Members of the Army Junior Reserve Officer Training Corps program at a North Carolina high school reportedly will be able to practice shooting at the school’s indoor range.
WRAL reported the Smithfield-Selma High School JROTC opened its 1,200 square-foot, six-lane, indoor shooting range last week. The program paid for constructions with the help of donations from the North Carolina Wildlife Resources Commission and the National Shooting Sports Foundation.
The cadets will practice shooting with Daisy pump air rifles, but must undergo extensive training before they can participate in the activities at the range.
"There’s a marksmanship safety test they have to take, and they have to get a 100 on it," Commander David Wegman told WRAL. "In addition to that, they have to sign a safety pledge, get permission from home and then finally demonstrate on the range that they know how to handle one of these air rifles safely."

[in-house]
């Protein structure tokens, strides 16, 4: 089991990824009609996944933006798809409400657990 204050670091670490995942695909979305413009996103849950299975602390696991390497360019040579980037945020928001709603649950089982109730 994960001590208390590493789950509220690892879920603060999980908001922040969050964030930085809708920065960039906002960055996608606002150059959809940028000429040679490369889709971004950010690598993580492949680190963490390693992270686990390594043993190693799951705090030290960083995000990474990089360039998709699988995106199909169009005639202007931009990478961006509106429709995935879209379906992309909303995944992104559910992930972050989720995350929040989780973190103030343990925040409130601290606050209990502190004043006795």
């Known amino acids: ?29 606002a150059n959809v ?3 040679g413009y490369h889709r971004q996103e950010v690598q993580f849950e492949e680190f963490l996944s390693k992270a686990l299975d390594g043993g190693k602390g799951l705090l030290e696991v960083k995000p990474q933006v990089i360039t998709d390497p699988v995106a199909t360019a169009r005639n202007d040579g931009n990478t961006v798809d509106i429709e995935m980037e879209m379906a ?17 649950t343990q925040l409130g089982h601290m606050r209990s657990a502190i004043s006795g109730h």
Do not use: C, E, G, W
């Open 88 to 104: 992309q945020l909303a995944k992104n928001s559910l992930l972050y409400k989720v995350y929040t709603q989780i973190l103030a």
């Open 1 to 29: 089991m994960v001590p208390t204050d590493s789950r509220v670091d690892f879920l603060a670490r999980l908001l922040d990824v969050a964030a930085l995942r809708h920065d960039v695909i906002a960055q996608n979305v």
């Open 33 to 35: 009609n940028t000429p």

Wegman insisted that the shooting range doesn’t pose a threat, despite the controversy surrounding gun violence and school shootings.
"The procedures that we have in place ensure that we do the same thing, the same way, every single time," he explained.
Only four JROTC cadets are currently trained to use the shooting range. Wegman hopes to have all seniors in the JROTC trained and certified by next fall.